Lessons in Sustainability from the Murray–Darling Basin
Edited by John Quiggin, Thilak Mallawaarachchi and Sarah Chambers
Chapter 10: Water Allocation, Social Change and Resilience
JOBNAME: Quiggin PAGE: 1 SESS: 3 OUTPUT: Fri Feb 10 09:39:43 2012 10. Water allocation, social change and resilience Helen Ross, Sally Driml and Zohreh Zarezadeh INTRODUCTION The Guide to the Proposed Basin Plan: Overview (The Guide) was released in 2010 (MDBA, 2010), as the latest in a 15-year series of initiatives to improve water management in the Murray–Darling Basin (MDB) and try to redress long-term degradation of the environment resulting from decades of over-extraction of water (MDBA, 2010).1 The key implementation strategy is to reduce the amount of water that can be diverted from the river for irrigated agriculture and other uses. This is to be achieved over up to nine years through a reduction in sustainable diversion limits (SDLs) for water from the rivers, supported by water trading, water resource planning, as well as structural adjustment assistance and transitional arrangements. Reallocations of water on the scales envisaged for many catchments will require substantial social and economic adjustments. It is clear from public reaction to the release of The Guide that official projections of socioeconomic impacts including job losses are highly contested, as well as raising severe public concern (ABC, 2010). Clearly the public is focused on job losses in agriculture and related industries, effects on the family and localised pain involved. The prospect of some possible but undefined offsetting job creation in other industries has apparently not reduced public concern. A healthy ecosystem – the aim of the proposed water management changes – underpins reliable livelihoods...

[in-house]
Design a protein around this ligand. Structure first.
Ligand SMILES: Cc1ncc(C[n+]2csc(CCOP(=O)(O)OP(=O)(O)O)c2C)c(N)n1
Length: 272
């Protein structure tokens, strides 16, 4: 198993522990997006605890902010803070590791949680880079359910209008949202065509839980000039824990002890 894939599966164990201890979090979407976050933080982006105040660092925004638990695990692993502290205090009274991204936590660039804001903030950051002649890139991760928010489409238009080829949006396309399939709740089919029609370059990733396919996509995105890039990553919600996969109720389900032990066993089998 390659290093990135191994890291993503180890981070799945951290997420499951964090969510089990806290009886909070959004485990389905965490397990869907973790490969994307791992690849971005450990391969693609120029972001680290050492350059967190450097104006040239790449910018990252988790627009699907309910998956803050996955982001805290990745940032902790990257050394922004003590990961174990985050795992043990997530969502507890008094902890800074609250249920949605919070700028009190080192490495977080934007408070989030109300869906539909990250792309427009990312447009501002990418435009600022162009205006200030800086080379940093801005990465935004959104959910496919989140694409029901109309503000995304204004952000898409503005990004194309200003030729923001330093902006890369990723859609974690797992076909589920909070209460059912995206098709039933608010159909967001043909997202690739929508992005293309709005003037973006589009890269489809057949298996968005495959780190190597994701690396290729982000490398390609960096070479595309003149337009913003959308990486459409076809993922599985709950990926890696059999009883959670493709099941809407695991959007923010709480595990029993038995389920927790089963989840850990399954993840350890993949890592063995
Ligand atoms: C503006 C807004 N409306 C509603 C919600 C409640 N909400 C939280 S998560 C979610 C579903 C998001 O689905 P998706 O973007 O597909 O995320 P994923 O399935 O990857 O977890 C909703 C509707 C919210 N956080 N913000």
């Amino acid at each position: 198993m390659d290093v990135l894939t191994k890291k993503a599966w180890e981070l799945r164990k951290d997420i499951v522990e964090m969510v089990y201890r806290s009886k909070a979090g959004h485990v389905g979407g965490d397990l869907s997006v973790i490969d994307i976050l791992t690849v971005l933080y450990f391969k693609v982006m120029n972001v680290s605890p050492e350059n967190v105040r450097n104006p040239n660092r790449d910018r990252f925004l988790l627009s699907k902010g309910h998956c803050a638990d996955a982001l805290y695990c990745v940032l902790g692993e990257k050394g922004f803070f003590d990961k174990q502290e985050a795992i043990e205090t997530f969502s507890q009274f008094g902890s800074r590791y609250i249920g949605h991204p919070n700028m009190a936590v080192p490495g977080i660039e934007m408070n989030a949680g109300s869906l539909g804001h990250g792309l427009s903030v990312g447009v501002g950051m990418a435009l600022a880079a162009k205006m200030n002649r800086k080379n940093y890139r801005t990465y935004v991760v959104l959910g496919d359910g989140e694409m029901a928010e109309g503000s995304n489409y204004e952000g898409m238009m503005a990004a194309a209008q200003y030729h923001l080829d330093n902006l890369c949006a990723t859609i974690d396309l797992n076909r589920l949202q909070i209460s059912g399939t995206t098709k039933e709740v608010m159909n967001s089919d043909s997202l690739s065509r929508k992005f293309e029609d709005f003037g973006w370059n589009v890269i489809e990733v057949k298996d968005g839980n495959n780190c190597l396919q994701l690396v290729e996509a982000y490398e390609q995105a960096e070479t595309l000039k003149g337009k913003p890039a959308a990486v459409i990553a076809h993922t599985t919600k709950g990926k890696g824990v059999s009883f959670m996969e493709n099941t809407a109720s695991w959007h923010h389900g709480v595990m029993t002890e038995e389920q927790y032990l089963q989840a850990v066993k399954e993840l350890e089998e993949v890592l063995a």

You are not authenticated to view the full text of this chapter or article.
Elgaronline requires a subscription or purchase to access the full text of books or journals. Please login through your library system or with your personal username and password on the homepage.
Non-subscribers can freely search the site, view abstracts/ extracts and download selected front matter and introductory chapters for personal use.
Your library may not have purchased all subject areas. If you are authenticated and think you should have access to this title, please contact your librarian.